Many in Lebanon are recently struggling to pay with their Credit or Debit card, especially at petrol stations, restaurants, and clothing shops as the majority of these businesses have suspended this type of payment.
Those who still accept payments in cards have increased the charges, ranging from 5% to 15%, as they are unable to collect these payments in cash dollars from banks.
Supermarkets have not yet taken action against such payment methods, which is leading many to take advantage and use their cards at these food retails.
As a result, the percentage of users of these payment cards has increased from 100% to 300% in some areas, according to sources.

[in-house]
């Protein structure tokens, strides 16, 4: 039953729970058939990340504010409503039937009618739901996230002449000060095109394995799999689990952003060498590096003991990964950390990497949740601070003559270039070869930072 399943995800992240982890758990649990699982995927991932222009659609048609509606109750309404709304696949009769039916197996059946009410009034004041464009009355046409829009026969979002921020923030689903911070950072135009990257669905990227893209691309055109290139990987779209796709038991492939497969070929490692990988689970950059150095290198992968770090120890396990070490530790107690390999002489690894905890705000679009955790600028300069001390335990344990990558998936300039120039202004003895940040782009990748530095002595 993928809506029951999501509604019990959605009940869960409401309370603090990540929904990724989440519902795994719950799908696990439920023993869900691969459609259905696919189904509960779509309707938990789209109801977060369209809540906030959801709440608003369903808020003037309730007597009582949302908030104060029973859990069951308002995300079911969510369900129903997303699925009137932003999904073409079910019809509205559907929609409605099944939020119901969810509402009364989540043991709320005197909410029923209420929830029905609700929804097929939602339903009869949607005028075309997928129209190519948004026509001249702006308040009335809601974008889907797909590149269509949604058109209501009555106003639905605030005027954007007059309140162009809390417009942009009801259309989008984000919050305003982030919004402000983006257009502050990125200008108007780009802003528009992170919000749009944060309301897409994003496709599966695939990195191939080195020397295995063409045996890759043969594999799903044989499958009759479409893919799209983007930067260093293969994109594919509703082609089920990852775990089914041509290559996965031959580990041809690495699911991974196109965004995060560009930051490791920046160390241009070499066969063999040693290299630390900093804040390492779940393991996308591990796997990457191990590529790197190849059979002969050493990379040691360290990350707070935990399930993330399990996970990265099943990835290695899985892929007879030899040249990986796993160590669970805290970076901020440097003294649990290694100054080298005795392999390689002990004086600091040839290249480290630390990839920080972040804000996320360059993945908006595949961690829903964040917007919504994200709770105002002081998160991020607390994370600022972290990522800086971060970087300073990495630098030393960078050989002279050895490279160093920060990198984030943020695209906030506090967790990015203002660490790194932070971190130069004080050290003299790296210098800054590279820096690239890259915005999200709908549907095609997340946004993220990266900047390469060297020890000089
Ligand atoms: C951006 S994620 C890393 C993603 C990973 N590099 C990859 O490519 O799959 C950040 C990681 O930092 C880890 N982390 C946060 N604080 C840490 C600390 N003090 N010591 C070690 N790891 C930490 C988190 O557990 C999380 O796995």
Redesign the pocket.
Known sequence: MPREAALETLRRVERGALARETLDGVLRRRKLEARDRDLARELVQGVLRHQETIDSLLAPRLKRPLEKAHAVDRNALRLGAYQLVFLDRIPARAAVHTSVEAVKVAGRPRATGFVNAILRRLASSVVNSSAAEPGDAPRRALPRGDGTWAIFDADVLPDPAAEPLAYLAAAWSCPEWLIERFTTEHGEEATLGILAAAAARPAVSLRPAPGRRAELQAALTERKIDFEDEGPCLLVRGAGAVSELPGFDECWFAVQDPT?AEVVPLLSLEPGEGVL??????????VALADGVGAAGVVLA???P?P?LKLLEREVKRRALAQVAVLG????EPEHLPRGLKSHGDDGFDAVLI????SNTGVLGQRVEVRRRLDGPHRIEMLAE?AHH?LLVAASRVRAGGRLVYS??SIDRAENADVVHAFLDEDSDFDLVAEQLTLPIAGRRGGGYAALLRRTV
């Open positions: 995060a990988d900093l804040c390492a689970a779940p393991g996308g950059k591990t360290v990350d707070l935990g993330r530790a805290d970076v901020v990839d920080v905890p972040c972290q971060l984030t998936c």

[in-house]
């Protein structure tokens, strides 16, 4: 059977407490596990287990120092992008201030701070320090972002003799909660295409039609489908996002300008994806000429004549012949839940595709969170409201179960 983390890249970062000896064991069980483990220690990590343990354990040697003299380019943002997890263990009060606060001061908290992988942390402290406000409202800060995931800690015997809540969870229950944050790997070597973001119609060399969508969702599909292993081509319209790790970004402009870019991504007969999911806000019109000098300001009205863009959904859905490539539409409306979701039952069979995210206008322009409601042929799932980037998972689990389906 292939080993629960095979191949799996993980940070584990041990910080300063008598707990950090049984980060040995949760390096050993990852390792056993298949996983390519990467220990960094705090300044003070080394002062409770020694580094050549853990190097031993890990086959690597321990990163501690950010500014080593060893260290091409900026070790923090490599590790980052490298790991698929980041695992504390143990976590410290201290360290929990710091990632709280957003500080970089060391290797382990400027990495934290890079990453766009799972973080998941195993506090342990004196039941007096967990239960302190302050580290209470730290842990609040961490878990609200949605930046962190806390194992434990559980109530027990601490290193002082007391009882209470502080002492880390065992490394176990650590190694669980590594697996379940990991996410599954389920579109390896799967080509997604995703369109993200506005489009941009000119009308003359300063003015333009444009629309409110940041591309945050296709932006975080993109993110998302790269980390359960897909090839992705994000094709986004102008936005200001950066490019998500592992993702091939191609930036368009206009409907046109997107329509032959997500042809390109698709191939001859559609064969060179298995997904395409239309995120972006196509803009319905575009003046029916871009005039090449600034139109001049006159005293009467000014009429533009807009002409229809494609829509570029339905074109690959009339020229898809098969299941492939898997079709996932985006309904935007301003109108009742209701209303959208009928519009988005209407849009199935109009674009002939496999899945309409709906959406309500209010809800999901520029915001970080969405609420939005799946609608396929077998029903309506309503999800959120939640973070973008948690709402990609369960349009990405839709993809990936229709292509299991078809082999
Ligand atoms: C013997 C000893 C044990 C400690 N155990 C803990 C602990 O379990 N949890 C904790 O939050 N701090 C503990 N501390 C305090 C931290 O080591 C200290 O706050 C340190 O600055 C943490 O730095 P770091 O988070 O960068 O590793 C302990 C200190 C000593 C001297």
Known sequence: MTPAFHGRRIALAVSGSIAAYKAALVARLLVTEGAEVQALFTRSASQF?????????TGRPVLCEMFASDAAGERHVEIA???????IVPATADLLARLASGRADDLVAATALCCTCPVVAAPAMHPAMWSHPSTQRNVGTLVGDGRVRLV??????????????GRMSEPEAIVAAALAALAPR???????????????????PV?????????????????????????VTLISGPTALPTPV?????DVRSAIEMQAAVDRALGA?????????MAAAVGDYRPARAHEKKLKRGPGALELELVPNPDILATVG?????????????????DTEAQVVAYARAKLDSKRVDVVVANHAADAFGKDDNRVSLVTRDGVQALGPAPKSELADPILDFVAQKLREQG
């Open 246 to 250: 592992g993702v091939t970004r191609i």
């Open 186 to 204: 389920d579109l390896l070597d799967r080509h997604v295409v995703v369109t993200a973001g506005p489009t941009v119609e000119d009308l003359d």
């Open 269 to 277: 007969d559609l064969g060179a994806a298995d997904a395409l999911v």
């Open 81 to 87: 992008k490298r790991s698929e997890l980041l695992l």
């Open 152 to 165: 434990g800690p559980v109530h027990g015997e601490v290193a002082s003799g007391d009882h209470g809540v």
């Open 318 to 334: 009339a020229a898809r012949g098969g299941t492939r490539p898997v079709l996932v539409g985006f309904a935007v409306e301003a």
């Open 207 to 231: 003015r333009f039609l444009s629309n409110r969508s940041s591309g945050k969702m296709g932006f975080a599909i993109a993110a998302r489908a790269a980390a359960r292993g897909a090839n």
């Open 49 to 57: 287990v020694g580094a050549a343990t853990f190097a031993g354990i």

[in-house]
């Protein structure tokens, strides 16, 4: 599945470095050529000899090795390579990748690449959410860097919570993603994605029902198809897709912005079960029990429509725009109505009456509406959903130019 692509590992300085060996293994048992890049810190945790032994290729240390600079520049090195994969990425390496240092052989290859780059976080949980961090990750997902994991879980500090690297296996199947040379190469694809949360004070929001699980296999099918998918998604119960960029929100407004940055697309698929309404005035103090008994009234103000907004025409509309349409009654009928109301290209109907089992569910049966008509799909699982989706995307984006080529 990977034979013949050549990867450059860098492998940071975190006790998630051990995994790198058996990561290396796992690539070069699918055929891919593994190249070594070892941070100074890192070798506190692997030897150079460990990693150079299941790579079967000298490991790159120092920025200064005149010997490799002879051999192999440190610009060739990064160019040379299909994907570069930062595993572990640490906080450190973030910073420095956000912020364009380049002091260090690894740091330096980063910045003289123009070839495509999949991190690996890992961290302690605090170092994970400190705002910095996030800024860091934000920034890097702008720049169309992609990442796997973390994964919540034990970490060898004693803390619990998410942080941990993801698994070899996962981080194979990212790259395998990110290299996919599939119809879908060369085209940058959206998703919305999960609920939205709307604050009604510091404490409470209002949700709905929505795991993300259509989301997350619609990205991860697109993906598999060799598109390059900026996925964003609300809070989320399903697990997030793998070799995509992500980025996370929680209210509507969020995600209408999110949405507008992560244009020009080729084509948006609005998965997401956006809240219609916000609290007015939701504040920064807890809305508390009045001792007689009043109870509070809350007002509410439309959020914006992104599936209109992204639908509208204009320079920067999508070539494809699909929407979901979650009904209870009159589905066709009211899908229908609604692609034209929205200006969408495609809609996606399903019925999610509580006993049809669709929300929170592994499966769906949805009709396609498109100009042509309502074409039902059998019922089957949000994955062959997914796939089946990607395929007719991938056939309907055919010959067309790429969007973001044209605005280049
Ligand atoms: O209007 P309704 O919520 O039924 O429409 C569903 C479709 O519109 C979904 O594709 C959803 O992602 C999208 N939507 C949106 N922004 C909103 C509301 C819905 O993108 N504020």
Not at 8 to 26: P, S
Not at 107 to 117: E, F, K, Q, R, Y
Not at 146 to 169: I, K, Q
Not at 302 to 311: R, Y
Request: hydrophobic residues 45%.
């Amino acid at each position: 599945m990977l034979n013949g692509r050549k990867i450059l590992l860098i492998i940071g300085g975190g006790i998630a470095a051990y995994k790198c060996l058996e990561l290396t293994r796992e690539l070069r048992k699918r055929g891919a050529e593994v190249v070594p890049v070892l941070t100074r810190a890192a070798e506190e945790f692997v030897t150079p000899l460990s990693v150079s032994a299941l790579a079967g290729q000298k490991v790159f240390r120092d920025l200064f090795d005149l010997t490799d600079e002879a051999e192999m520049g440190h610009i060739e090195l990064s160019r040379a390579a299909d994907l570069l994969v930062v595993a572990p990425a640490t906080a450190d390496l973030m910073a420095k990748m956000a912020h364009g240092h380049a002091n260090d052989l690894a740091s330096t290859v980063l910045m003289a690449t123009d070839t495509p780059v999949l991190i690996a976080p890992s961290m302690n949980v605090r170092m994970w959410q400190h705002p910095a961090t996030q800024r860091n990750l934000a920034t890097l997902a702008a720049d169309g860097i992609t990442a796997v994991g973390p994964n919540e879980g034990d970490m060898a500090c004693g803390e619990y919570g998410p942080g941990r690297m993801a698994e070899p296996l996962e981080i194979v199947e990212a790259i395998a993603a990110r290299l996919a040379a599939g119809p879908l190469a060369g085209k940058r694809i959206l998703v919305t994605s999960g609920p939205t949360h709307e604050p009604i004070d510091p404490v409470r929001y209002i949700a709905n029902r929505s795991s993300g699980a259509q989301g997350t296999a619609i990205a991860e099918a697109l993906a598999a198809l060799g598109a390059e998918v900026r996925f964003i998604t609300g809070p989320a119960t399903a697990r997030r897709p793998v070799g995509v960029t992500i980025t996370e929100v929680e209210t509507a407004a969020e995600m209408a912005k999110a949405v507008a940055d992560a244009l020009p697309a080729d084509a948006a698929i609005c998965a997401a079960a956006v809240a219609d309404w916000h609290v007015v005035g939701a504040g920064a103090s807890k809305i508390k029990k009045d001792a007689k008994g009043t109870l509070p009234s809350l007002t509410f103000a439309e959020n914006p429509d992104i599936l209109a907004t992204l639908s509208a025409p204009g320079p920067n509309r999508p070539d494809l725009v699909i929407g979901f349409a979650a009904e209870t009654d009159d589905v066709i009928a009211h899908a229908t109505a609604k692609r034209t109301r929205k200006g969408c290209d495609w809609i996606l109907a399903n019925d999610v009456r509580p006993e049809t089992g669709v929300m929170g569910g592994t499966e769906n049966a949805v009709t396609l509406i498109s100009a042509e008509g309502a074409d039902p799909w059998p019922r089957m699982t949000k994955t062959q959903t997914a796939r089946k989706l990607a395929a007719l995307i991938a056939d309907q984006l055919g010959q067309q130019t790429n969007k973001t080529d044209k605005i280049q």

This increase comes also influenced by the announcement of Banque du Liban (BDL) of quota 158, which gives the right to citizens to use $200 at the rate of 12,000 LBP when paying by card.
A meeting was held between BDL, a group of supermarket owners, and the Director-General of the Economy Ministry, Mohamad Abou Haidar, to find a suitable solution.
Hassan Ezzeddine, a member of the supermarket unions in Lebanon, issued in a televised interview with MTV: “We can no longer carry this burden alone, that’s why we need to find a realistic solution that suits Banque Du Liban and supermarket owners.”
He continued: “The bank is not able to provide us with acceptance of taking these payments in cash dollars and we are also not able to continue this way.”
“So we might have to stop accepting such payment methods or add a percentage charge to each payment and I know this will add extra burden on the consumer,” he noted.